Carvalho sued his wife for divorce last year in Nassau County Supreme Court, and they have a trial set for June, according to court records.
Cincinelli, who has a son with Carvalho and a daughter with an ex-husband, wanted her boyfriend’s 15-year-old daughter killed because “she was getting in the way,” a source said.
Cincinelli used her cell phone to track the girl on social media, court papers.
Cincinelli joined the NYPD in 2007 and formerly worked as a domestic -violence officer in the 106th Precinct in Queens, and sources said she met her boyfriend while working a case.
In 2017, she was suspended for a month and then placed on modified duty after a Howard Beach man with whom she’d been involved in a relationship told the Internal Affairs Bureau that she spent time at his home while on-duty, sources said.
It’s unclear if that man — who was described as an older “sugar daddy” who paid for Cincinelli’s car and other bills — is the same one who helped the feds build their case against her.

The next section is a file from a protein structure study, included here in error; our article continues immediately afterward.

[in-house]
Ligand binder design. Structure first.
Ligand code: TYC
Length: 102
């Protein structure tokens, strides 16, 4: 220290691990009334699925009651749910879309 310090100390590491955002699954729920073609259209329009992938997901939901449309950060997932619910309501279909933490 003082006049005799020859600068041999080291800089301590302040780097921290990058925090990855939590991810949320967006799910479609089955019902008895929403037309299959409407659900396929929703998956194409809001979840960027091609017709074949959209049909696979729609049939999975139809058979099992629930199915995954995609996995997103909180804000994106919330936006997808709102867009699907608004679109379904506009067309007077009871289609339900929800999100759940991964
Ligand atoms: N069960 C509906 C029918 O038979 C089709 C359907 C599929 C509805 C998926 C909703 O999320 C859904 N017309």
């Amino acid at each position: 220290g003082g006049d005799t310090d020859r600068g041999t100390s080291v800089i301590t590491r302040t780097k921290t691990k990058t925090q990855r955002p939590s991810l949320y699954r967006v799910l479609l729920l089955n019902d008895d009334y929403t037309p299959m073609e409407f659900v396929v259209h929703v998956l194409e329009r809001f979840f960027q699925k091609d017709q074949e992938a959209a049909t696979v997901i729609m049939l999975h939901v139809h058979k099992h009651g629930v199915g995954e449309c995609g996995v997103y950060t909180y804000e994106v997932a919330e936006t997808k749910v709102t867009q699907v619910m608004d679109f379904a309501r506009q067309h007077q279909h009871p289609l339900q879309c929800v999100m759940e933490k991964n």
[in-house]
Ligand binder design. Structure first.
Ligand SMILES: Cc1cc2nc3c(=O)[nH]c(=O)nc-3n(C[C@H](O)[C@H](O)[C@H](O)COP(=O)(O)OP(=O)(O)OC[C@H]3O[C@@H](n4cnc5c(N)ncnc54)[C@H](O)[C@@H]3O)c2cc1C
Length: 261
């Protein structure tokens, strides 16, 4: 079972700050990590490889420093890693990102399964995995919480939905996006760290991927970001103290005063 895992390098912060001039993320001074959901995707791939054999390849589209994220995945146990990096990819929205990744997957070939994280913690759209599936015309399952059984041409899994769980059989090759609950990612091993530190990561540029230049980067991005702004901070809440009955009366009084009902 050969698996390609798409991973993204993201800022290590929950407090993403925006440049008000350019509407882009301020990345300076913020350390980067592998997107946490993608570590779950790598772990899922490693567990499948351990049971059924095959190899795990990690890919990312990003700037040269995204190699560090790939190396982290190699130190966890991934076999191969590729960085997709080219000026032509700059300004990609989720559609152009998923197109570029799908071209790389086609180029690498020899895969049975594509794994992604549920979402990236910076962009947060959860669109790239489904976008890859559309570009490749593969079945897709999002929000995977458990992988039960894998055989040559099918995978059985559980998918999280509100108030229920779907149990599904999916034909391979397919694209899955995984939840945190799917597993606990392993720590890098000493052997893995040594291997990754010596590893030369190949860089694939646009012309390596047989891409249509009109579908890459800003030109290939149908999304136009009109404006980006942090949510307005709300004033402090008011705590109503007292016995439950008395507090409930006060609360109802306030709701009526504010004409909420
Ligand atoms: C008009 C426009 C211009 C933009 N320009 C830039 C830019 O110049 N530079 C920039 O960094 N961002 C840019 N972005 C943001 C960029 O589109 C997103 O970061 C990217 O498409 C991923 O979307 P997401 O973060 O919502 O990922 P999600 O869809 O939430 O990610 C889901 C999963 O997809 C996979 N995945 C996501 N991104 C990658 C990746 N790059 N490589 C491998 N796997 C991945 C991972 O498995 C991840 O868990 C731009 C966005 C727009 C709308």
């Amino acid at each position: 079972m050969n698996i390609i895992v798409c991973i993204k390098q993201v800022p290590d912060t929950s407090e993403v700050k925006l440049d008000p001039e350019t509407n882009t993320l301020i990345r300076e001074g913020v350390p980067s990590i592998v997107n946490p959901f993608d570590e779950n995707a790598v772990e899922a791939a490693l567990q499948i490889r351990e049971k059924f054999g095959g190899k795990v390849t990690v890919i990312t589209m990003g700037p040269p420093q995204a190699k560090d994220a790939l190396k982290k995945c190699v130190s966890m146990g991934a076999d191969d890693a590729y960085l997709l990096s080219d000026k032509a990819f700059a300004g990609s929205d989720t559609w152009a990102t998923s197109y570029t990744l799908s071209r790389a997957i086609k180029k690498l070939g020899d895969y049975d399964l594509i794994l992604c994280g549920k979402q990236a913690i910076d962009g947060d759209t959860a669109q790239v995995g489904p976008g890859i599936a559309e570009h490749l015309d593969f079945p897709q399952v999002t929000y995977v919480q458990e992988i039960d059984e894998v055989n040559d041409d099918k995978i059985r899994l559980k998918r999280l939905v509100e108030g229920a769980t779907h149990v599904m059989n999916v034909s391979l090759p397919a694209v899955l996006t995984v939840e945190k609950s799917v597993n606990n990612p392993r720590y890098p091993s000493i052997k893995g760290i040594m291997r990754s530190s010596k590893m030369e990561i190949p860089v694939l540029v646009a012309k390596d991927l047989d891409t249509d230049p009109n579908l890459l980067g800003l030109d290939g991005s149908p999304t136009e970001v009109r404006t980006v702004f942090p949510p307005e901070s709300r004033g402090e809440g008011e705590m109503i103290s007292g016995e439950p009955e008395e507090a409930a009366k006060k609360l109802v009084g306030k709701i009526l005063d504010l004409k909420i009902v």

Carvalho declined to discuss the alleged plot against him with The Post on Friday, saying, “You gotta give me some time. I can’t talk about this right now.”
His divorce lawyer, Matthew Weiss, said Carvalho was “extremely grateful for the diligent effort of law enforcement.
“He’s obviously shaken up but he’s doing OK, all things considered,” Weiss added.
Cincinelli’s father, who lives in Virginia, called the allegation that she wanted Carvalho killed “bulls–t.”
Cincinelli’s father said, ‘It’s not her!’
“They were married, they have a kid together. … There is no way on the planet my daughter would have someone try to murder him. That’s nonsense!” he said.